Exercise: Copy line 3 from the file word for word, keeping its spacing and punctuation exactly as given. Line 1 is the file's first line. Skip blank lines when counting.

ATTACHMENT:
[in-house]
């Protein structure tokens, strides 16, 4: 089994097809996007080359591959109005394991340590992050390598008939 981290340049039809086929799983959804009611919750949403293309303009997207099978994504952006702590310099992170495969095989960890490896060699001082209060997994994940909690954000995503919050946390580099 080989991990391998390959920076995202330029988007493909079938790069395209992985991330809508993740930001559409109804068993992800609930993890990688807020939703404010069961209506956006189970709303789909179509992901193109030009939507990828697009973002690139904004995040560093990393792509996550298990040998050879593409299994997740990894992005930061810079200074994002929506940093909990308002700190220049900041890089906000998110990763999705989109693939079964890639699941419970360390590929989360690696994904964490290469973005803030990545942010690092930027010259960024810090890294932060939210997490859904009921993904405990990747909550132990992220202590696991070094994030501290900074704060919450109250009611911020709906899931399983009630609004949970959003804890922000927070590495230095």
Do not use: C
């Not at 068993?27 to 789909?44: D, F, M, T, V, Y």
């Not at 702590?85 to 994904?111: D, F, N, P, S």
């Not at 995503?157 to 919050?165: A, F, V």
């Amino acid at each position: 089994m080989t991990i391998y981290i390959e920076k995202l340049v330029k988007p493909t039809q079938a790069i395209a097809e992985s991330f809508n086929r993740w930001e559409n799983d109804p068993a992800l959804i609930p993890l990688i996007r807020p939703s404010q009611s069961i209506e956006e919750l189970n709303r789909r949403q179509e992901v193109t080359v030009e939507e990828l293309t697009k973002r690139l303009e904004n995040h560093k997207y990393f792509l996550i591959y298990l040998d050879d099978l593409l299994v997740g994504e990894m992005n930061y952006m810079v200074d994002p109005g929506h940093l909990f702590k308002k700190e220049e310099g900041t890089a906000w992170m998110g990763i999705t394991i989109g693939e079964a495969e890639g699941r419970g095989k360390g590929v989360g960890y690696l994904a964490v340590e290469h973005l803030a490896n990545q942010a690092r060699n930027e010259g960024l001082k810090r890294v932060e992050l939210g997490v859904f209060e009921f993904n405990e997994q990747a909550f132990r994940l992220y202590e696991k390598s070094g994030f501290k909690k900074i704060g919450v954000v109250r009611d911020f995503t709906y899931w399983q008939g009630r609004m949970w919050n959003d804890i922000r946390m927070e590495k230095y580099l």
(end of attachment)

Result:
Do not use: C